Distinguish between adverse selection and moral hazards as they relate to the insurance industry.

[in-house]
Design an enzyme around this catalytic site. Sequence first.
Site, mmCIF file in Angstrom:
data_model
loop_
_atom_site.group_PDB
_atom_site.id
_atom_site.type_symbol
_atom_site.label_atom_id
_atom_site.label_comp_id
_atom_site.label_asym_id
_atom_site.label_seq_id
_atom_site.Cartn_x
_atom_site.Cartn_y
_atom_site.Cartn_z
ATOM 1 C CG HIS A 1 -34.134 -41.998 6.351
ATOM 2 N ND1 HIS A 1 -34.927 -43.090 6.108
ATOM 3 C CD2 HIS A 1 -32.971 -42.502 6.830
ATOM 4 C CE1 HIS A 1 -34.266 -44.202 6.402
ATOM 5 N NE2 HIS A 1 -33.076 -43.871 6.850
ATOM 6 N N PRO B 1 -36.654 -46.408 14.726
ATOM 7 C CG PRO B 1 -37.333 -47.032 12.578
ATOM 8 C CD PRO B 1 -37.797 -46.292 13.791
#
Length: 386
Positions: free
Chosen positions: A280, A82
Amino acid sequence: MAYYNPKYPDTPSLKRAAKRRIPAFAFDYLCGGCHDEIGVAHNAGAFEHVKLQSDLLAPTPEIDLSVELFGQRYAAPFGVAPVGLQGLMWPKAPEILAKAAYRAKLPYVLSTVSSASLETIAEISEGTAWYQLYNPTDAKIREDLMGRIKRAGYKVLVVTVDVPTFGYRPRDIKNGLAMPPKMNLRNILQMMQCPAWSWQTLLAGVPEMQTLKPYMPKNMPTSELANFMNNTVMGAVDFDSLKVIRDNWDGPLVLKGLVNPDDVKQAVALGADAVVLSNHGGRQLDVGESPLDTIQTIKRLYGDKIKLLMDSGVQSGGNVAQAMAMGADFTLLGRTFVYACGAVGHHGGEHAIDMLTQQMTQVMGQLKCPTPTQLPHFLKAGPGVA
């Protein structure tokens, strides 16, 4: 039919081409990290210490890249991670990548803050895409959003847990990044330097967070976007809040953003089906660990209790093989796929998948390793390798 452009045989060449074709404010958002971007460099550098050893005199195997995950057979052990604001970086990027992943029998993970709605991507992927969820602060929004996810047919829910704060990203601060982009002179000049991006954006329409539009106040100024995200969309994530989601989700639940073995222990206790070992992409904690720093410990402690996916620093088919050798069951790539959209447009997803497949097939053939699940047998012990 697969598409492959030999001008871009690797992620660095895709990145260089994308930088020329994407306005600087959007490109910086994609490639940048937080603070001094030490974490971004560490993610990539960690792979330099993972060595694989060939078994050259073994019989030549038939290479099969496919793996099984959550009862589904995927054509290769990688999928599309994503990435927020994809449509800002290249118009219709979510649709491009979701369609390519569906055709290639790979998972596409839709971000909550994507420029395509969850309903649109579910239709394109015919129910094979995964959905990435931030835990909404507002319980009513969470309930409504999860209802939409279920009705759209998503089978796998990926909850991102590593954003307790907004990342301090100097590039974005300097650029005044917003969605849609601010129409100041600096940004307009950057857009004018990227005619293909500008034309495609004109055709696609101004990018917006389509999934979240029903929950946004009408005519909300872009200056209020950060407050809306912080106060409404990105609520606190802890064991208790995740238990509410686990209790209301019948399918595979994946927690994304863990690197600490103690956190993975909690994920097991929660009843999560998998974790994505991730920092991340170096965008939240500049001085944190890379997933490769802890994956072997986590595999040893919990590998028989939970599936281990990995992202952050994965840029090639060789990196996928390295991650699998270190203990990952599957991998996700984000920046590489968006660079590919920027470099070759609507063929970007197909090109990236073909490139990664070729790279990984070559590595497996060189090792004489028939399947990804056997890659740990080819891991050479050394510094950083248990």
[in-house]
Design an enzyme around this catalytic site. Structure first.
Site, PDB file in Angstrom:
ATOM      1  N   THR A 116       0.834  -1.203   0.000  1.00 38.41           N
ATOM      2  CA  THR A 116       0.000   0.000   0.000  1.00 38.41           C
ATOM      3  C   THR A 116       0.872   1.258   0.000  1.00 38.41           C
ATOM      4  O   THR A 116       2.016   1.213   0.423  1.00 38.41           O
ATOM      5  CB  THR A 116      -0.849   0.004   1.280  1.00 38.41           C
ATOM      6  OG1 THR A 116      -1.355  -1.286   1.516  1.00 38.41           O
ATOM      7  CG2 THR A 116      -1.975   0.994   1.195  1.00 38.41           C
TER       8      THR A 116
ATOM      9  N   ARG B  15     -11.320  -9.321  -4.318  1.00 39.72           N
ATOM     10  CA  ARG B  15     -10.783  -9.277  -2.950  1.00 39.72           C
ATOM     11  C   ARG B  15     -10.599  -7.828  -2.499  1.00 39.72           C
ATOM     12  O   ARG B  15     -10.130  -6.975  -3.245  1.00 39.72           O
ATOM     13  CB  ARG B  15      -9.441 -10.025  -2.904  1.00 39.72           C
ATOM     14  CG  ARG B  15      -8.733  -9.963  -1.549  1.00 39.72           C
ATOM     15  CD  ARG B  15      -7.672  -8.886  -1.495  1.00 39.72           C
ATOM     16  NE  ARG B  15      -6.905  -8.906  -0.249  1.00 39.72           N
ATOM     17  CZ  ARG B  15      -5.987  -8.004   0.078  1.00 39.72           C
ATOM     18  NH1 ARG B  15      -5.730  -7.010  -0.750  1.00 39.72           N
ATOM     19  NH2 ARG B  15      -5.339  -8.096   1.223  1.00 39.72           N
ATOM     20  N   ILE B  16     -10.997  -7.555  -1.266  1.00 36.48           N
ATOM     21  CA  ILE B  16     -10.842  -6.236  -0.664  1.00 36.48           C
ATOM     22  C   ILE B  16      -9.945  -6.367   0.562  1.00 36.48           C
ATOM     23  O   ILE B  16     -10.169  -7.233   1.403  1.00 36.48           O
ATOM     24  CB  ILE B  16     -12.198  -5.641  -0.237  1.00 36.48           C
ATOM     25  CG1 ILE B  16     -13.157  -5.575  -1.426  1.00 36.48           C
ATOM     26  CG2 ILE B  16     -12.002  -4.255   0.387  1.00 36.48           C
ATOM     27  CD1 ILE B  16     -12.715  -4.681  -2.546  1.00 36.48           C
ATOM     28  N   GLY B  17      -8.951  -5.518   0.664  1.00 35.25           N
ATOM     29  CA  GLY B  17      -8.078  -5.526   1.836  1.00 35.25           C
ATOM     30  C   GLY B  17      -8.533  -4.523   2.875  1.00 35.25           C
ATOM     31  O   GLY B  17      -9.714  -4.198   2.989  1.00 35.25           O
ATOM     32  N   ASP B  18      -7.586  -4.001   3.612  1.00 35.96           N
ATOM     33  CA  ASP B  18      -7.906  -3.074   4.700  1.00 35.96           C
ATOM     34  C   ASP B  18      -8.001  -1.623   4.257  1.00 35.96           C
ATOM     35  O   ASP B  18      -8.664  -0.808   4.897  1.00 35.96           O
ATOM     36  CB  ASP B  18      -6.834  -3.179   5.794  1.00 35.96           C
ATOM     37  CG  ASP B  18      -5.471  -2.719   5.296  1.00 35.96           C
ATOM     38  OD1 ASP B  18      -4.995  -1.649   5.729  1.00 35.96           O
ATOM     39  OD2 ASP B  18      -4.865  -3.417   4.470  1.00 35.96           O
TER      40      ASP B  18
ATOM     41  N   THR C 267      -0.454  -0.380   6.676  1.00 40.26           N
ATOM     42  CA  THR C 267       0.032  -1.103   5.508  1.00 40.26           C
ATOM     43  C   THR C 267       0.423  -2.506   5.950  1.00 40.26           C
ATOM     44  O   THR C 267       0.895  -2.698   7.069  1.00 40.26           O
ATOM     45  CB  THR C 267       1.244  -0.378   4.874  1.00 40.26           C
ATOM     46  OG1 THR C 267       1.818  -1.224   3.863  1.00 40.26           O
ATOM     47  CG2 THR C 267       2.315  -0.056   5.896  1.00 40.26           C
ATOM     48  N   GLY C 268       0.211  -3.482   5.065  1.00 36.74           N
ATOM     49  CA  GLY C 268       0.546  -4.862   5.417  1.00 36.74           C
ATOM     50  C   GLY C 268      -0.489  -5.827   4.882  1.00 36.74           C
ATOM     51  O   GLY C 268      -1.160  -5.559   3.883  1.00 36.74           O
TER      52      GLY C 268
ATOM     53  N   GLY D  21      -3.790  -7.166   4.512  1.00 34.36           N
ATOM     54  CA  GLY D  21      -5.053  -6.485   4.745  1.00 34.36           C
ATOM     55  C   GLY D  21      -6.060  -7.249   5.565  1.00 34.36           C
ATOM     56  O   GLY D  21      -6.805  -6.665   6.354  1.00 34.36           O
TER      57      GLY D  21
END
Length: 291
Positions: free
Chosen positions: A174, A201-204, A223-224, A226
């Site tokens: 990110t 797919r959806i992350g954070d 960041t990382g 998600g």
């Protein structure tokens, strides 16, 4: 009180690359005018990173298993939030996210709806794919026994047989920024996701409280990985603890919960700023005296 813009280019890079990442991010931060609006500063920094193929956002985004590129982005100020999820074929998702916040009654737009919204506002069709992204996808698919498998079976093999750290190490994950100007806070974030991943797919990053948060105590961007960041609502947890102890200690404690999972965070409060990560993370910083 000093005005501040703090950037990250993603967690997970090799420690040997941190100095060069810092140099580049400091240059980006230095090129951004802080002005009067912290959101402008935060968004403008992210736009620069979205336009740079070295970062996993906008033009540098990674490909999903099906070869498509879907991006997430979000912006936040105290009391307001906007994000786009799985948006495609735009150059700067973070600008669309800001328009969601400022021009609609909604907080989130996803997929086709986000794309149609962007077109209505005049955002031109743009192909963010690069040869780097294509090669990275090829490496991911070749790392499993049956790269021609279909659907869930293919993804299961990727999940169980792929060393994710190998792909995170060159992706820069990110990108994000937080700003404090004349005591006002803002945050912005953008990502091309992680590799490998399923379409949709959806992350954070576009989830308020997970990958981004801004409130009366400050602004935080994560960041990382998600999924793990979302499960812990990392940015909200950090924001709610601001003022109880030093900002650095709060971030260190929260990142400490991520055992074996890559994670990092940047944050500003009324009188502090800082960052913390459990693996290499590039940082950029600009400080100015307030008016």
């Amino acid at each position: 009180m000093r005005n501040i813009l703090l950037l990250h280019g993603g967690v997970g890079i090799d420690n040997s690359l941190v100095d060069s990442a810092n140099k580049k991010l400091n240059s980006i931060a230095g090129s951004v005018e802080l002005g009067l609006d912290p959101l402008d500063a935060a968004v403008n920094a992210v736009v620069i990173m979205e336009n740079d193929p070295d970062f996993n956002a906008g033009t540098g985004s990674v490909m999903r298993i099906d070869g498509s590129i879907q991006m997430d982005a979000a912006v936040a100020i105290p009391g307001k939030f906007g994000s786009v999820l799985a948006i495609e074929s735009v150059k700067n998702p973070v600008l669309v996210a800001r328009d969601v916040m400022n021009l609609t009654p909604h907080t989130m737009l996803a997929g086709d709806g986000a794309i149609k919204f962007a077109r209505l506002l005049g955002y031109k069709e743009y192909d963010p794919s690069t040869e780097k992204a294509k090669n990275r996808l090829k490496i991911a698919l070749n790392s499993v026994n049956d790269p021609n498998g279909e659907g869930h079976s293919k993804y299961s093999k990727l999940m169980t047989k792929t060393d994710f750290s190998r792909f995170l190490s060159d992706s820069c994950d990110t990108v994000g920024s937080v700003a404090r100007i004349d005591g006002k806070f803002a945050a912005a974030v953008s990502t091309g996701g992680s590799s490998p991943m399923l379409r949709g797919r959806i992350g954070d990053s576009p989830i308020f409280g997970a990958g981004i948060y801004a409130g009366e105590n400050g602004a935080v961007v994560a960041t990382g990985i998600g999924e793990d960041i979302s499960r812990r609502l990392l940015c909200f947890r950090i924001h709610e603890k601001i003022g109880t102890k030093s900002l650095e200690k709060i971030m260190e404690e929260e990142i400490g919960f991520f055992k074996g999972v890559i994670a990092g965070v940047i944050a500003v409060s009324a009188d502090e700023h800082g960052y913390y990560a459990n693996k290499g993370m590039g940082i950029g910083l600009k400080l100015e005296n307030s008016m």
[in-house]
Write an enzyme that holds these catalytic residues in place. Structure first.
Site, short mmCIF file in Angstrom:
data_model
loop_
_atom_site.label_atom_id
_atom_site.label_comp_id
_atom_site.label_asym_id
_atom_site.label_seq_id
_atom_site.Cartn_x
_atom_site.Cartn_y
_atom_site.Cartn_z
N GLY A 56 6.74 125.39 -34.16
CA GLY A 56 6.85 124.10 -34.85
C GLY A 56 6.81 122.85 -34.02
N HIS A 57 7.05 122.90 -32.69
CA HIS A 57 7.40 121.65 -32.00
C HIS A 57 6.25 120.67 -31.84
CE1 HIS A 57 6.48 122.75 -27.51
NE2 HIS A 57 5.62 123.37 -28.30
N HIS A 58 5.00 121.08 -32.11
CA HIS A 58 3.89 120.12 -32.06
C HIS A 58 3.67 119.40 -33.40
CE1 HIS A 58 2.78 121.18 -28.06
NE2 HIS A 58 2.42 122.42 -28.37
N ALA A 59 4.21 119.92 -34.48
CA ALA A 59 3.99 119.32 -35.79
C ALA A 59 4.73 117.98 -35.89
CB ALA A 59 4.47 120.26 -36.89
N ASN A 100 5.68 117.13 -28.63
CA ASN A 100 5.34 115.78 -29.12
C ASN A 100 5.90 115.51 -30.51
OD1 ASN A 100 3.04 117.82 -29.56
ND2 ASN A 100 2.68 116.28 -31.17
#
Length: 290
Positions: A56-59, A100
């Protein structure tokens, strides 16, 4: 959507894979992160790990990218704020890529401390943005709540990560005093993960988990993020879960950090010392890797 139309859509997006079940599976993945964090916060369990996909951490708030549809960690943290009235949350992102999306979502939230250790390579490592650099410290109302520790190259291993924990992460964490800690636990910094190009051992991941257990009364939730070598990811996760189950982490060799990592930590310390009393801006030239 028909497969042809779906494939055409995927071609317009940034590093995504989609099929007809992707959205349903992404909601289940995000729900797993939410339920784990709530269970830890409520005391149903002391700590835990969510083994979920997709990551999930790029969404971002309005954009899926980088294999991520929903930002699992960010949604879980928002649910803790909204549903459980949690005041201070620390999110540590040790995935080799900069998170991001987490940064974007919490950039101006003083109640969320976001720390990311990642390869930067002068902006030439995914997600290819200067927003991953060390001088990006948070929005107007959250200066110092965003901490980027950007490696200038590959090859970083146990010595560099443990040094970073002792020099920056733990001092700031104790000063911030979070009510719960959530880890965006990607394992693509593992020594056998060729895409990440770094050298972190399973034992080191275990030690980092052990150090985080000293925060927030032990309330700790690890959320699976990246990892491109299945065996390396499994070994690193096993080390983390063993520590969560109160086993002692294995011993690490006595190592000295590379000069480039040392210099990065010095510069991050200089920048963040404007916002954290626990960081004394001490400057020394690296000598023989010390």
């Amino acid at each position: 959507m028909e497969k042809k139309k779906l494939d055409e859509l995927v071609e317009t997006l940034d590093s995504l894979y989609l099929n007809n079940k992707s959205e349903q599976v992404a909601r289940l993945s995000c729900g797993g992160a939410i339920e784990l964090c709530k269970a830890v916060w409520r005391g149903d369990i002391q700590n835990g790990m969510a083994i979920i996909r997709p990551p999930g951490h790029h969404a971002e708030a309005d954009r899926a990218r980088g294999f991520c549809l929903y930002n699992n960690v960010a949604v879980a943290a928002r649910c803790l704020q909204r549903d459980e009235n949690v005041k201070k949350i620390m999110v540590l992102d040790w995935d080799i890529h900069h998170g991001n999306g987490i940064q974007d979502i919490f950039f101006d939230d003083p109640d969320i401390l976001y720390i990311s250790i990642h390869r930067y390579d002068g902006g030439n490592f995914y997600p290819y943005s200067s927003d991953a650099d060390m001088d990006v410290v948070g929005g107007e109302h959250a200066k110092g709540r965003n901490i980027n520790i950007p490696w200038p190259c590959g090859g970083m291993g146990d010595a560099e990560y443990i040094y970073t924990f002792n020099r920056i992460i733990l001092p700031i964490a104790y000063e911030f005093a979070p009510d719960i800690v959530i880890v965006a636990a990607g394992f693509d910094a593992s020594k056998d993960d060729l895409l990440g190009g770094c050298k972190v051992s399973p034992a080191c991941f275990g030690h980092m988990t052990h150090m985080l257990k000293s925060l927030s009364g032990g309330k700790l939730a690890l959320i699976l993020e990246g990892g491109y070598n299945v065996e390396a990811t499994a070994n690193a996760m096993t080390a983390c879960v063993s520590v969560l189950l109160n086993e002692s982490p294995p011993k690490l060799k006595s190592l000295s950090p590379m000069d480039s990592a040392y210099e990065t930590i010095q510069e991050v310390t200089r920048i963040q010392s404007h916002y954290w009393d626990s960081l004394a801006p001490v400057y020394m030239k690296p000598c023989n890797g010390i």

Adverse selection suggests that a person only buy health insurance if they are convinced the insurance will be beneficial after purchase. Someone in poor health, for example, may feel the need to purchase health insurance to offset medical bills that may incur. Opposite of this example is that young adults, in good health, typically do not believe purchasing health insurance is a necessary cost. "The moral hazard, as it relates to health insurance is a certain way of thinking about your medical costs concerning a health-related emergency when you know you are insured" (Jaffer, 2010, ¶5).